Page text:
Multimedia Reporting Assignment I

Due: Thurs, Feb 9 at the end of class
(Worth 10 points. Late = deduction of 2 points)

Topic: “Extreme South Jersey”
The story must have a local angle. It may be a person who resides locally. It may be an activity or event that occurs in South Jersey. It may be someone who has a particular passion for the geography or sense of place.

Extreme is defined as:

  • reaching a high or the highest degree
  • not usual; exceptional
  • very severe or serious
  • advocating severe or drastic measures; far from moderate, esp. politically
  • denoting or relating to a sport or activity performed in a hazardous environment and involving great physical risk
  • furthest from the center or a given point; outermost

Subjects should not be a friends or relatives. It can be about a Rowan related activity or person, but you are encouraged to go off campus.

For this assignment, you will record audio, take photographs, and write a short article. You must create all media content yourself. If you are including audio clip that you did not create (i.e., music from a band) you must obtain permission to use it from the owner and give proper credit in the text of your article. No photos from other sources allowed.

You will turn in all of the following items:

300-500 word article with a headline and byline
•    Saved as word .doc or .docx
•    Saved as YourLastNameA1Text.docx”

60 to 90 second audio clip
•    Exported in .mp3 format
•    Saved as YourLastNameA1Audio.mp3

3 photos
•    .jpg format
•    Medium quality
•    Sized approx 600 width x 450 height
•    Saved as YourLastNameA1Photo1.jpg, YourLastNameA1Photo2.jpg, YourLastNameA1Photo3.jpg

To create these media elements:

1. Do some leg work to find a story. Do research. Make phone calls. Go somewhere. You are looking for something unexpected, surprising, and unique. You must be able to explain why the story fits the theme of “Extreme South Jersey.” Find the most compelling story you can.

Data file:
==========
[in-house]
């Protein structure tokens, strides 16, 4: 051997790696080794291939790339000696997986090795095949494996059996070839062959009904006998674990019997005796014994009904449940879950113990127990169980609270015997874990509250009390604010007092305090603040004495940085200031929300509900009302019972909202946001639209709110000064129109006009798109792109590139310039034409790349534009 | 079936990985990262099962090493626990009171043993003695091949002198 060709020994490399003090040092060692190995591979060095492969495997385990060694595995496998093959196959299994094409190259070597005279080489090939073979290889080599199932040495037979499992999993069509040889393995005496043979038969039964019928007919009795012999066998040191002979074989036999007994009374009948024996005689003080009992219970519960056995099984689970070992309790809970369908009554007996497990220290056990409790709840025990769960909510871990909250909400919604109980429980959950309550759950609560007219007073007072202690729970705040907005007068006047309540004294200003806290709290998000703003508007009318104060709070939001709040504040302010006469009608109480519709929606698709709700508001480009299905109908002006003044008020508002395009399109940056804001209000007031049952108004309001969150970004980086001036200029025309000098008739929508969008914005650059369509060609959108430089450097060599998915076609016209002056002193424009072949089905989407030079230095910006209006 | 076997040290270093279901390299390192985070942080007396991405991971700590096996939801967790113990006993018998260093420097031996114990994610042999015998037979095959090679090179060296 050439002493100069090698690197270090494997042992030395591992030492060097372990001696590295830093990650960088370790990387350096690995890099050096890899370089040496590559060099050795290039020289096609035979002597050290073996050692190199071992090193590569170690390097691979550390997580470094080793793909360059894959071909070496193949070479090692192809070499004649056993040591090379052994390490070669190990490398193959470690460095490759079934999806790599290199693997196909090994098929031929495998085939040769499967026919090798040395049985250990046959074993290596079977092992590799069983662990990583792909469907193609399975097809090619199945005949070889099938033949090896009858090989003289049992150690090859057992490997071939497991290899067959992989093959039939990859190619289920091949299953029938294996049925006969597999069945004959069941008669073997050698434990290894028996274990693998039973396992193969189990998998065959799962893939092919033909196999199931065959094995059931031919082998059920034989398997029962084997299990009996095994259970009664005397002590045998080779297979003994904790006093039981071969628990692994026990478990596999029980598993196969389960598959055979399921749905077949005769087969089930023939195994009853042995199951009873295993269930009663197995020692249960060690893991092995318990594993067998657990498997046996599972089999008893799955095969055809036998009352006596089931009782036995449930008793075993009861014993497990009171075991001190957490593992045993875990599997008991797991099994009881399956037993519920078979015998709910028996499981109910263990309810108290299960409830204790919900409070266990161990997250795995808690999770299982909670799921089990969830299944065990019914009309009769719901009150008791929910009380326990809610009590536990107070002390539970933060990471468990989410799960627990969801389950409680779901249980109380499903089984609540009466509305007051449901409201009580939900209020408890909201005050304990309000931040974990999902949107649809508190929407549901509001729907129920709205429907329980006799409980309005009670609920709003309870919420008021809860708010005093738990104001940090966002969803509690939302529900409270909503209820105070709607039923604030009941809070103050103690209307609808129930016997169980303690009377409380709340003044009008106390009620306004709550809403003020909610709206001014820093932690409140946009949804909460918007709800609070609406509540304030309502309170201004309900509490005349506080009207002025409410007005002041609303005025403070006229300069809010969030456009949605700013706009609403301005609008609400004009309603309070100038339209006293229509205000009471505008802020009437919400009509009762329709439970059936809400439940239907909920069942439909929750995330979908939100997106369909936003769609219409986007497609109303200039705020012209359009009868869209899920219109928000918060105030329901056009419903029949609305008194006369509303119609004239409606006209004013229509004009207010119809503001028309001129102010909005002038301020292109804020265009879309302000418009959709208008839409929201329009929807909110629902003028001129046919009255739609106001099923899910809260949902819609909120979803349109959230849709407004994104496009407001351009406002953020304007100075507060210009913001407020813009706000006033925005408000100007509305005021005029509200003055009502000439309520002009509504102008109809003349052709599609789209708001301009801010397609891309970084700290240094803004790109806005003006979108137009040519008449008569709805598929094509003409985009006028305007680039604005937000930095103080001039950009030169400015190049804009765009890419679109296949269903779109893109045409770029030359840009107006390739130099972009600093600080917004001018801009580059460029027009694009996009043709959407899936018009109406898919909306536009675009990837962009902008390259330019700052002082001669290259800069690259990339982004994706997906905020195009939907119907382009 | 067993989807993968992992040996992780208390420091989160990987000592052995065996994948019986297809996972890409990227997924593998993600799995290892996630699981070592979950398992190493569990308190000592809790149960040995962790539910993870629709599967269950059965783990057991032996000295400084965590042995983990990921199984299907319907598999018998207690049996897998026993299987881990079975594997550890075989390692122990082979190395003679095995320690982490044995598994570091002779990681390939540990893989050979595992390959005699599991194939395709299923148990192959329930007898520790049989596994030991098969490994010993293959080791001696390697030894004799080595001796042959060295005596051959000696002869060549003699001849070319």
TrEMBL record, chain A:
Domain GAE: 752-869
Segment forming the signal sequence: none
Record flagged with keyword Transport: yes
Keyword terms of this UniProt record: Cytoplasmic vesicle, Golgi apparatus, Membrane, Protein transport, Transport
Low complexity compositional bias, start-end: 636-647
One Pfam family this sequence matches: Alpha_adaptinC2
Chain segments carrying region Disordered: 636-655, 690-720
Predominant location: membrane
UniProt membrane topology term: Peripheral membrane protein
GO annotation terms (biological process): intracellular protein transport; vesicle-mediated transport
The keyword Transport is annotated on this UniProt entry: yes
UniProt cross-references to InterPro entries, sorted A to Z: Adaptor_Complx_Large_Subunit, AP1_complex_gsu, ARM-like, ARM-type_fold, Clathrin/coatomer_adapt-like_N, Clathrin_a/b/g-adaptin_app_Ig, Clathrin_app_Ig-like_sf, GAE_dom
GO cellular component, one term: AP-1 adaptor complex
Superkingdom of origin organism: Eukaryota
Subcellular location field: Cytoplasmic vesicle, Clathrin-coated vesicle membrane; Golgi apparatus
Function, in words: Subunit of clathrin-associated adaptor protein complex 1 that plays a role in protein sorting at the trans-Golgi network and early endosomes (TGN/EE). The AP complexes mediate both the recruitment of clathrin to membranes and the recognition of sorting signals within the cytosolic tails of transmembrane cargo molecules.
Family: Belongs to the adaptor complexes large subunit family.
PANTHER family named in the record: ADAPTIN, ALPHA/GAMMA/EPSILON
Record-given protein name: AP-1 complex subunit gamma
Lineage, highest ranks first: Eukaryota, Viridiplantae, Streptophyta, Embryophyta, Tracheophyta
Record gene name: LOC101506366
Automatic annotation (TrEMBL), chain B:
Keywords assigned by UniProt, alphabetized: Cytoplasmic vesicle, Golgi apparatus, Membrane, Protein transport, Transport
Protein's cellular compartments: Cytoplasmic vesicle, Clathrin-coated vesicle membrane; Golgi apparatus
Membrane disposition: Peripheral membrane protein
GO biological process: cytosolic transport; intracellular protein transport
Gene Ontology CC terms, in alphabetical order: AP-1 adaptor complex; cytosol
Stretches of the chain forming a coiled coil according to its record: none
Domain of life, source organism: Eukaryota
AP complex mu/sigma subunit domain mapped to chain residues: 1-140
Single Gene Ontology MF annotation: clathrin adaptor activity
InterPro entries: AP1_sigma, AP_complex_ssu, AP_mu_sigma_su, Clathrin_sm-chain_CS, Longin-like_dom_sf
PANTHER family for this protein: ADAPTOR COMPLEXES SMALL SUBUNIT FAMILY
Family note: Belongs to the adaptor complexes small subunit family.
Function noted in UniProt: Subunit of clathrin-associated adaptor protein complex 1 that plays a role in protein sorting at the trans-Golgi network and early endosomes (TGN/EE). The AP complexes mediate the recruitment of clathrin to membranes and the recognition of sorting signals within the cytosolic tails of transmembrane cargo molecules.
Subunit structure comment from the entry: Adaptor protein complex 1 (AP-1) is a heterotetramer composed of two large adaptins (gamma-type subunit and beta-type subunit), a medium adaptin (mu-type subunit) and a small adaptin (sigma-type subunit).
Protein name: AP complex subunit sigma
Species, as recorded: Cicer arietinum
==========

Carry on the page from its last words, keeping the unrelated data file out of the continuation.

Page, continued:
2. Take a camera, your audio recorder, microphone, and headphones. Introduce yourself. Let everyone you talk to or photograph know that this is for a public web site.

3. Audio Reporting: Interview your subject(s). Try to ask questions that elicit stories, not just information. You must also gather other sounds (natural sound effects) to enhance your audio and tell your story.

4. Photo Reporting: Take photos of the event, activity, and people you interview. Capture a variety of shots (wide, medium, close-up, detail, etc). Take more photos than you need (Try to take at least 100 photos). Look for moments that capture the essence of the experience. Make sure you have strong images the person or people in your audio.

6. Audio Editing: Edit your audio to 60 to 90 seconds. Edit out the sound of your own voice and questions. Integrate natural sounds to make it more vivid. Use your audio to capture voice, emotion, personality, and anecdotes. Try to identify and include an anecdote and a moment of reflection in your audio edit.

7. Photo Editing: Pick your three best photographs to accompany the audio and text. Use your photos to present visuals, portraits of people, action, and specific moments.

8. Writing: Write a short article to go with your audio and photos (approximately 300-500 words). Use the text to convey basic information (who, what, where, when, why) and to entice the viewer to explore the audio and photos. Make sure you have first and last names spelled correctly. Write a compelling headline for your story that is descriptive and uses key words.

10. Make sure all of your media is saved in the proper format and named correctly. (See list above).

11. Put your audio clip, three photos, and text document in a folder called YourLastNameOJ2A1. Turn in your entire folder and its contents via Flash drive.

Grading: Worth Total 10 points

1 point = Audio edited to 60 to 90 seconds, no reporter’s voice, natural sounds.
1 point = Quality of audio gathering and editing.
1 point = 3 photos. At least one photo must be of a person. At least one photo must show some action.
1 point = Quality of photos. Focus, framing, light, variety.
1 point = 300-500 words article with a compelling and descriptive headline.
1 point = Quality of text. 5 Ws, lead, structure, free of grammatical errors and typos.
3 points = Story content. Is it compelling, relevant, worth reading, hearing, seeing, and sharing? Do the elements work together to provide a cohesive and vivid story?
1 point = Files submitted in proper formats with appropriate file names

Here are some examples of multimedia stories that are in the same “spirit” as your assignment:

Subway Preachers (NYTimes.com)
Running Voices (NYTimes.com)
High School Students Predict their Future (NYTimes.com)

See some student work from last semester:
Renter Keeps Folk Art Sculpture Alive
Looking After the Atlantic City Cats
More than Just a Girl Band

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